Sometimes poor dorsiflexion is treated surgically by lengthening the Achilles tendon. The problem is that children’s legs grow so fast that the tendons cannot keep up.

    Regular physiotherapy is an excellent way of maintaining or improving dorsiflexion in children. But for children physiotherapy can be boring and it is difficult to maintain a regular schedule of therapy.

    Dorsi Ramp is an excellent way of stretching the calf muscles and Achilles tendons. Because the child is standing their whole body weight is applied to the stretch. A few minutes of good quality stretching each day can make a huge difference and lead to much improved dorsiflexion, mobility and a normal gait.

    Dorsi Ramp has been specifically designed for children. It is strong and stable and the moulding encourages the feet into the correct position. Dorsi Ramp sessions can readily be incorporated into normal activities, such as teeth cleaning, where the ramp doubles as a step up to the sink. This way at least two good stretches can be achieved each day without fuss or distraction.

    Ponseti AFO Sandals and Bar Feedback
    Feedback from customers who have bought our Ponseti sandals and bar
    Black Robin Socks Feedback
    Feedback from customers who bought our Socks
    Dorsi Ramp Feedback
    Feedback from customers that bought our Dorsi Ramp
    2017 Price List
    Price List in A5 booklet
    Black Robin Designs A5 Flyers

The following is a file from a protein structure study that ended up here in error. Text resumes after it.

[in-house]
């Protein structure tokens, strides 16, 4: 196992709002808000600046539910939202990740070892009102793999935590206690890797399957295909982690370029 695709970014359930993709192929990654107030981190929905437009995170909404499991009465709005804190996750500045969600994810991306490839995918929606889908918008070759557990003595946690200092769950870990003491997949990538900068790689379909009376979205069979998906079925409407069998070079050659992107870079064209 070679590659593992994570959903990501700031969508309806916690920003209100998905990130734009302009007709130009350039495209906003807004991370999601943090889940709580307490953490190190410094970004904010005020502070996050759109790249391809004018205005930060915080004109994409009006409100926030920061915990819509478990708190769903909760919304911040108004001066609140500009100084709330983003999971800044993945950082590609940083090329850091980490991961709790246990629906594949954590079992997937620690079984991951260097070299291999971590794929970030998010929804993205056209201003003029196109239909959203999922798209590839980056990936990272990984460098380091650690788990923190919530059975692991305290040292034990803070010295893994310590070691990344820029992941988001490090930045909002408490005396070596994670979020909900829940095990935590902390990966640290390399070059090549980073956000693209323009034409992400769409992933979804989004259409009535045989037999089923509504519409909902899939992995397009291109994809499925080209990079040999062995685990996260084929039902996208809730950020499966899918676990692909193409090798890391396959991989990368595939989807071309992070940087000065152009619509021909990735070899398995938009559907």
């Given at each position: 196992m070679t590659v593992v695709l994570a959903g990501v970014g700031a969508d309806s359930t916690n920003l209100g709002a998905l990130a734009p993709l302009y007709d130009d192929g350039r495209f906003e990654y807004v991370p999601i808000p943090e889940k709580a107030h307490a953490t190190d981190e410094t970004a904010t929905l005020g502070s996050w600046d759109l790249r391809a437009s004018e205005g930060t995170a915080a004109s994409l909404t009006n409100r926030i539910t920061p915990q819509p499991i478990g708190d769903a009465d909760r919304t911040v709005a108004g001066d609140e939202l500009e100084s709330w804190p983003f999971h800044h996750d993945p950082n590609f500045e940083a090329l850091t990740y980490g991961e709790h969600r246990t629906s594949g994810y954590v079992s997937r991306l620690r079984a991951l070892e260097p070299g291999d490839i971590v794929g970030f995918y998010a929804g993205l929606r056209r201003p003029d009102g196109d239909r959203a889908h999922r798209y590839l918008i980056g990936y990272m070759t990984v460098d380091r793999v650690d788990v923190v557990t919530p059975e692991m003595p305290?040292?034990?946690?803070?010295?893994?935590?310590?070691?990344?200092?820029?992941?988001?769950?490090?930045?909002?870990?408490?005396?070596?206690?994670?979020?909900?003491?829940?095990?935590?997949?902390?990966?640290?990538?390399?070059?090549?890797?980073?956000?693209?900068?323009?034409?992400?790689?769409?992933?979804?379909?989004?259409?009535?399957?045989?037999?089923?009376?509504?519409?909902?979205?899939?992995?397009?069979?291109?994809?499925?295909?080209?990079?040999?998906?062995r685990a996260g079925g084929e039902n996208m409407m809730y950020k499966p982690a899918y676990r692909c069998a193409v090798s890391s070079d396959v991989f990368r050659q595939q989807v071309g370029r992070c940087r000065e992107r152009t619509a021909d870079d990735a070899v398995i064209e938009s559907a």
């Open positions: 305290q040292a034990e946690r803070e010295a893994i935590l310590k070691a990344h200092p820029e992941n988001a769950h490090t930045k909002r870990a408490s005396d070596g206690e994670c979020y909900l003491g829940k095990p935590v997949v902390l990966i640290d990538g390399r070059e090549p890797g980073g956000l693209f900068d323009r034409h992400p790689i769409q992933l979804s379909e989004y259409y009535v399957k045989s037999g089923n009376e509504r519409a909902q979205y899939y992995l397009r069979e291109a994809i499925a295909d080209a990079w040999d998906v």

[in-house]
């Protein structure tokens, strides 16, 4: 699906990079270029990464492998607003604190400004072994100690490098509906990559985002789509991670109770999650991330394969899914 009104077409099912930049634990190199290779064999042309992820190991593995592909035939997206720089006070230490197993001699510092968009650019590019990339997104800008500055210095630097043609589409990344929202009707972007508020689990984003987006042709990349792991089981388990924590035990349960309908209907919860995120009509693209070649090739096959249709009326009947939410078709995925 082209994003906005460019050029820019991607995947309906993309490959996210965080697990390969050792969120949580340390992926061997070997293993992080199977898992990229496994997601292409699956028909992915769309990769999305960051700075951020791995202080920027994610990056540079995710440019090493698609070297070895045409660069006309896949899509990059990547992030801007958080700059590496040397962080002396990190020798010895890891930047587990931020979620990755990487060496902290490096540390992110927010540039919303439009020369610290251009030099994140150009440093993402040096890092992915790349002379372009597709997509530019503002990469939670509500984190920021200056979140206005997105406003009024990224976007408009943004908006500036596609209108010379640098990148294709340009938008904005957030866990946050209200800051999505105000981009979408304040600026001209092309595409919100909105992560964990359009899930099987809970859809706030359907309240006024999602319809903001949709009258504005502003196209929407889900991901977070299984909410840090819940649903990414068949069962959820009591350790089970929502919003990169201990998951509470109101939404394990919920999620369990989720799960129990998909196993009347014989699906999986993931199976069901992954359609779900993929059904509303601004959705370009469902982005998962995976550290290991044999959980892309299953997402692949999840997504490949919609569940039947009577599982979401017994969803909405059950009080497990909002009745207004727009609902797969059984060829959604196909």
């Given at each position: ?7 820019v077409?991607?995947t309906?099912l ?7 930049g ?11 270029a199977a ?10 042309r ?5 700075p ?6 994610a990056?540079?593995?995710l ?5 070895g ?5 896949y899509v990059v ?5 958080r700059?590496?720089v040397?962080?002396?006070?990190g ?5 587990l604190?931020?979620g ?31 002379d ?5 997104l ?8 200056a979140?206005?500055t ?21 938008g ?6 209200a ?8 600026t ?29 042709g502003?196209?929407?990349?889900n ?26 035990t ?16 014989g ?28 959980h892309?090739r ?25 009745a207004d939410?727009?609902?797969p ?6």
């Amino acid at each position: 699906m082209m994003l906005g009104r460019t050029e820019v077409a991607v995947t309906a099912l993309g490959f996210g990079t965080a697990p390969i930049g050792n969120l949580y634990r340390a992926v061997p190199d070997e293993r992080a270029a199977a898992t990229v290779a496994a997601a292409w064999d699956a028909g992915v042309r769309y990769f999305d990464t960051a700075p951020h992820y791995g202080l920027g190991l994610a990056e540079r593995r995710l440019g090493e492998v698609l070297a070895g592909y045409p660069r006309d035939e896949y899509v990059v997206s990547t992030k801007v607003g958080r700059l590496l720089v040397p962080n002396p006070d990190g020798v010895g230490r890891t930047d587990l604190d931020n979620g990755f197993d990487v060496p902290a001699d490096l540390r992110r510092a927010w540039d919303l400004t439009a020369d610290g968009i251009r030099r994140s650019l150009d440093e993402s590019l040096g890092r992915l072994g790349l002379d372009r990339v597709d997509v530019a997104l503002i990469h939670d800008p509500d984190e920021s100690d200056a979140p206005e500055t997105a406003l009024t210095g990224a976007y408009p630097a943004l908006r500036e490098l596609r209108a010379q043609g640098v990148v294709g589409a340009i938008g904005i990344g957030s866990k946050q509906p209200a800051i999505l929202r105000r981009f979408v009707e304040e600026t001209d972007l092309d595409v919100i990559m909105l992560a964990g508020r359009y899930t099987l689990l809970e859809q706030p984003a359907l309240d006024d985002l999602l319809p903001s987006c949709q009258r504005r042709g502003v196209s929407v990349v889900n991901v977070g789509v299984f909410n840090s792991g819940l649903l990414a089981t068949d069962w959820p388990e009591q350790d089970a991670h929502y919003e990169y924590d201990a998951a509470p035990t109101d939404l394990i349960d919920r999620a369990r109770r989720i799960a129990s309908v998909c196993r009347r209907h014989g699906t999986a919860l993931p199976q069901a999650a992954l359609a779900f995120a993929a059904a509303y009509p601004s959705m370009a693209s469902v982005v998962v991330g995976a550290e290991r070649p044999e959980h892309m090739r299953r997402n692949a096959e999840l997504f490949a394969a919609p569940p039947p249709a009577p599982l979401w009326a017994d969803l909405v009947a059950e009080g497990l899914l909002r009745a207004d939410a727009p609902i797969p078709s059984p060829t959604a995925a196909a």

Flyers for Socks and the Dorsi Ramp
    Dobbs Brace Instructions for Use
    Instructions for the Dobbs brace
    Pressure Saddle Instructions for Use
    Information and Instructions on our Pressure Saddles (Pringles)
    AFO Instructions For Use
    AFO Instructions for Use in different languages
    Treatment of Congenital Clubfoot by Dr Ponseti
    Dr Ponseti on the treatment of congenital clubfoot
    Parents Guide to Clubfoot
    This video provides a guide to the treatment of clubfoot for parents
    Treatment of Complex Clubfoot by Dr Ponseti
    Dr Ponseti on the treatment of complex clubfoot
    ADM Materials

    ADM Materials


    C-Pro Direct and our suppliers take great care to use only materials suitable for Paediatric Orthopaedic Devices.  Whilst we cannot guarantee every patient will no adverse reaction to the materials they come in contact with, we do ensure all materials are sourced responsibly and that appropriate independent test data is available.  There is no single technical standard defining suitable materials for a Class 1 paediatric medical device, so we have to draw on a range of standards used in a number of regulated industries including food, toys and clothing. The plastics used are generally recognised as “medical or food grade” materials to FDA or other international standards.  Fabrics, foams, dyed materials and other sundry items such as screws and metalwork are tested for toxicity in accordance with a broad range of ISO Standards including ROHS (Restriction of Hazardous Substances Directive 2002/95/EC).

    Item Description